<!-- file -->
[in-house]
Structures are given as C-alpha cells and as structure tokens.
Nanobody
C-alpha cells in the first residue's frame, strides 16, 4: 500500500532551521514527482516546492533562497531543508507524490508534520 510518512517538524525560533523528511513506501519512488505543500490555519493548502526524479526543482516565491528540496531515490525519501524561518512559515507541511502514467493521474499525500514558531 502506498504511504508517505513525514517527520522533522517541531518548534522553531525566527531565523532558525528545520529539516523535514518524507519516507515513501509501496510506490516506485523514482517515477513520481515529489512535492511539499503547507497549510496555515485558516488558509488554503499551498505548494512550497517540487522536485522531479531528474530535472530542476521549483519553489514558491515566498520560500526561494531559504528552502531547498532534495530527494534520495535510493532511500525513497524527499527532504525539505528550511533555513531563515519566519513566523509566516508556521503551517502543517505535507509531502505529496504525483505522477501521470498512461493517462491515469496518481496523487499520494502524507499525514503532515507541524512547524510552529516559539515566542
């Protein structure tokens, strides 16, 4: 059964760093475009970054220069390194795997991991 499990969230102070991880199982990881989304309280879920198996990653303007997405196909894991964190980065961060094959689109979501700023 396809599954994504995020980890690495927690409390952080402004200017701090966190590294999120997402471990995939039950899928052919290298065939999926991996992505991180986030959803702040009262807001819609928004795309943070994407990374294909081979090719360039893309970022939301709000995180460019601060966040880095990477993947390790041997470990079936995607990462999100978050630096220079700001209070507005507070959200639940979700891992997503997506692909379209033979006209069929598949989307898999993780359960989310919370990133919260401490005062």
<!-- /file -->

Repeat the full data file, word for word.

[in-house]
Structures are given as C-alpha cells and as structure tokens.
Nanobody
C-alpha cells in the first residue's frame, strides 16, 4: 500500500532551521514527482516546492533562497531543508507524490508534520 510518512517538524525560533523528511513506501519512488505543500490555519493548502526524479526543482516565491528540496531515490525519501524561518512559515507541511502514467493521474499525500514558531 502506498504511504508517505513525514517527520522533522517541531518548534522553531525566527531565523532558525528545520529539516523535514518524507519516507515513501509501496510506490516506485523514482517515477513520481515529489512535492511539499503547507497549510496555515485558516488558509488554503499551498505548494512550497517540487522536485522531479531528474530535472530542476521549483519553489514558491515566498520560500526561494531559504528552502531547498532534495530527494534520495535510493532511500525513497524527499527532504525539505528550511533555513531563515519566519513566523509566516508556521503551517502543517505535507509531502505529496504525483505522477501521470498512461493517462491515469496518481496523487499520494502524507499525514503532515507541524512547524510552529516559539515566542
């Protein structure tokens, strides 16, 4: 059964760093475009970054220069390194795997991991 499990969230102070991880199982990881989304309280879920198996990653303007997405196909894991964190980065961060094959689109979501700023 396809599954994504995020980890690495927690409390952080402004200017701090966190590294999120997402471990995939039950899928052919290298065939999926991996992505991180986030959803702040009262807001819609928004795309943070994407990374294909081979090719360039893309970022939301709000995180460019601060966040880095990477993947390790041997470990079936995607990462999100978050630096220079700001209070507005507070959200639940979700891992997503997506692909379209033979006209069929598949989307898999993780359960989310919370990133919260401490005062």